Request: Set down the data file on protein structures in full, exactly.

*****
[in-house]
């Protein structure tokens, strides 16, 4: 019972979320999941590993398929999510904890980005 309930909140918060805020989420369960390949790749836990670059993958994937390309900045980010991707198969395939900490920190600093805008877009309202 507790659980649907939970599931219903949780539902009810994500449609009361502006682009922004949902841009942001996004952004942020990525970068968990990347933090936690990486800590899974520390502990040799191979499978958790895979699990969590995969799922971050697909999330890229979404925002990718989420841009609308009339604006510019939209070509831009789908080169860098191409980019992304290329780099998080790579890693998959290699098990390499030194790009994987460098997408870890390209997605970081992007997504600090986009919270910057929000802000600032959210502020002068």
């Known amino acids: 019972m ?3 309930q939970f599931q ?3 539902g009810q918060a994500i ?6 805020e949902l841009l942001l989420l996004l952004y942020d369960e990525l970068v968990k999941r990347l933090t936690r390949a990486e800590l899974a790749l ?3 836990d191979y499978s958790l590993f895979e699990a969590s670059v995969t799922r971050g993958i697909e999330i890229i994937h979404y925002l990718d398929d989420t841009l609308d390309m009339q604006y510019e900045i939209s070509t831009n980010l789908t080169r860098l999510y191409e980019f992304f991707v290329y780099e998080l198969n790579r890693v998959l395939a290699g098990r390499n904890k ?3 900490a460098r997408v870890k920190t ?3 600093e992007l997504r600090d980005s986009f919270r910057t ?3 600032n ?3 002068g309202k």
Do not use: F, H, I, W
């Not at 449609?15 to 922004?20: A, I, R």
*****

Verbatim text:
[in-house]
């Protein structure tokens, strides 16, 4: 019972979320999941590993398929999510904890980005 309930909140918060805020989420369960390949790749836990670059993958994937390309900045980010991707198969395939900490920190600093805008877009309202 507790659980649907939970599931219903949780539902009810994500449609009361502006682009922004949902841009942001996004952004942020990525970068968990990347933090936690990486800590899974520390502990040799191979499978958790895979699990969590995969799922971050697909999330890229979404925002990718989420841009609308009339604006510019939209070509831009789908080169860098191409980019992304290329780099998080790579890693998959290699098990390499030194790009994987460098997408870890390209997605970081992007997504600090986009919270910057929000802000600032959210502020002068």
């Known amino acids: 019972m ?3 309930q939970f599931q ?3 539902g009810q918060a994500i ?6 805020e949902l841009l942001l989420l996004l952004y942020d369960e990525l970068v968990k999941r990347l933090t936690r390949a990486e800590l899974a790749l ?3 836990d191979y499978s958790l590993f895979e699990a969590s670059v995969t799922r971050g993958i697909e999330i890229i994937h979404y925002l990718d398929d989420t841009l609308d390309m009339q604006y510019e900045i939209s070509t831009n980010l789908t080169r860098l999510y191409e980019f992304f991707v290329y780099e998080l198969n790579r890693v998959l395939a290699g098990r390499n904890k ?3 900490a460098r997408v870890k920190t ?3 600093e992007l997504r600090d980005s986009f919270r910057t ?3 600032n ?3 002068g309202k």
Do not use: F, H, I, W
């Not at 449609?15 to 922004?20: A, I, R």